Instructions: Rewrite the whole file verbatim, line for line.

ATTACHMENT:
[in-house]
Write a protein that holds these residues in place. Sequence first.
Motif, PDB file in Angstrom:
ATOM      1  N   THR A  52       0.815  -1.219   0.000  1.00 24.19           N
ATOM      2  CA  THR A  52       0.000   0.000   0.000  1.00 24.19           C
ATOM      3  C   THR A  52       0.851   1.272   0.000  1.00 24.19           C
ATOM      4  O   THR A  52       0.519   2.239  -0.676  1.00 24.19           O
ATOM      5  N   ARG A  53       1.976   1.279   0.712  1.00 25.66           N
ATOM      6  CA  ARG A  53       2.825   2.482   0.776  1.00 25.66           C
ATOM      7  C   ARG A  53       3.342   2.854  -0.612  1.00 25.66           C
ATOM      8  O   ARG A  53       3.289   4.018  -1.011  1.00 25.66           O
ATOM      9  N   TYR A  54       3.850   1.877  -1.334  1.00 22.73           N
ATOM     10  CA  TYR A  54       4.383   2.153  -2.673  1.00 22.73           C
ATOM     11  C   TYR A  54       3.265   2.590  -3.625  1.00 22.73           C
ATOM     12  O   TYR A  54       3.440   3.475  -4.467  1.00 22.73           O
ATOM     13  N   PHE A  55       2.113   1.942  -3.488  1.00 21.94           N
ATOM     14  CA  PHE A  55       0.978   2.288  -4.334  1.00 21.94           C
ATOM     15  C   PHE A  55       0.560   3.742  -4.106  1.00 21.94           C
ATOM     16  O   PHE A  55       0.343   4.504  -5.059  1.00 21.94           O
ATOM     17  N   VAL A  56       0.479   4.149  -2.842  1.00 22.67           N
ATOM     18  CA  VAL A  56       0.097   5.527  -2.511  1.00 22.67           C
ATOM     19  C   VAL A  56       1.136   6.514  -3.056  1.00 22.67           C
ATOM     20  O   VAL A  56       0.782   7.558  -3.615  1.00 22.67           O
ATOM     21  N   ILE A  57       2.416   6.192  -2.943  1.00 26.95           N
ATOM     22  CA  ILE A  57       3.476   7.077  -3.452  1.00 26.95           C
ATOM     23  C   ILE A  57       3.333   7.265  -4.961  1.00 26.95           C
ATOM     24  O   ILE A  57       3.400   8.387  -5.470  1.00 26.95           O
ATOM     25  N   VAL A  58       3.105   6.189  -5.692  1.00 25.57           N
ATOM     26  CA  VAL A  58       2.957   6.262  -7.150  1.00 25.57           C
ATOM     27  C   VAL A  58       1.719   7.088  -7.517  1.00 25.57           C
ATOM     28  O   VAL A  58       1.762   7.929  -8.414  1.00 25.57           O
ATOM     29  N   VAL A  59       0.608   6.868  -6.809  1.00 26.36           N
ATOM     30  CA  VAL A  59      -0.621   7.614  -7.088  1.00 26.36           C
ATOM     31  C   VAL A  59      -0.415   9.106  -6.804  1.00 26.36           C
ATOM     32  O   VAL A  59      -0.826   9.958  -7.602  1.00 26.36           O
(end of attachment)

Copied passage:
[in-house]
Write a protein that holds these residues in place. Sequence first.
Motif, PDB file in Angstrom:
ATOM      1  N   THR A  52       0.815  -1.219   0.000  1.00 24.19           N
ATOM      2  CA  THR A  52       0.000   0.000   0.000  1.00 24.19           C
ATOM      3  C   THR A  52       0.851   1.272   0.000  1.00 24.19           C
ATOM      4  O   THR A  52       0.519   2.239  -0.676  1.00 24.19           O
ATOM      5  N   ARG A  53       1.976   1.279   0.712  1.00 25.66           N
ATOM      6  CA  ARG A  53       2.825   2.482   0.776  1.00 25.66           C
ATOM      7  C   ARG A  53       3.342   2.854  -0.612  1.00 25.66           C
ATOM      8  O   ARG A  53       3.289   4.018  -1.011  1.00 25.66           O
ATOM      9  N   TYR A  54       3.850   1.877  -1.334  1.00 22.73           N
ATOM     10  CA  TYR A  54       4.383   2.153  -2.673  1.00 22.73           C
ATOM     11  C   TYR A  54       3.265   2.590  -3.625  1.00 22.73           C
ATOM     12  O   TYR A  54       3.440   3.475  -4.467  1.00 22.73           O
ATOM     13  N   PHE A  55       2.113   1.942  -3.488  1.00 21.94           N
ATOM     14  CA  PHE A  55       0.978   2.288  -4.334  1.00 21.94           C
ATOM     15  C   PHE A  55       0.560   3.742  -4.106  1.00 21.94           C
ATOM     16  O   PHE A  55       0.343   4.504  -5.059  1.00 21.94           O
ATOM     17  N   VAL A  56       0.479   4.149  -2.842  1.00 22.67           N
ATOM     18  CA  VAL A  56       0.097   5.527  -2.511  1.00 22.67           C
ATOM     19  C   VAL A  56       1.136   6.514  -3.056  1.00 22.67           C
ATOM     20  O   VAL A  56       0.782   7.558  -3.615  1.00 22.67           O
ATOM     21  N   ILE A  57       2.416   6.192  -2.943  1.00 26.95           N
ATOM     22  CA  ILE A  57       3.476   7.077  -3.452  1.00 26.95           C
ATOM     23  C   ILE A  57       3.333   7.265  -4.961  1.00 26.95           C
ATOM     24  O   ILE A  57       3.400   8.387  -5.470  1.00 26.95           O
ATOM     25  N   VAL A  58       3.105   6.189  -5.692  1.00 25.57           N
ATOM     26  CA  VAL A  58       2.957   6.262  -7.150  1.00 25.57           C
ATOM     27  C   VAL A  58       1.719   7.088  -7.517  1.00 25.57           C
ATOM     28  O   VAL A  58       1.762   7.929  -8.414  1.00 25.57           O
ATOM     29  N   VAL A  59       0.608   6.868  -6.809  1.00 26.36           N
ATOM     30  CA  VAL A  59      -0.621   7.614  -7.088  1.00 26.36           C
ATOM     31  C   VAL A  59      -0.415   9.106  -6.804  1.00 26.36           C
ATOM     32  O   VAL A  59      -0.826   9.958  -7.602  1.00 26.36           O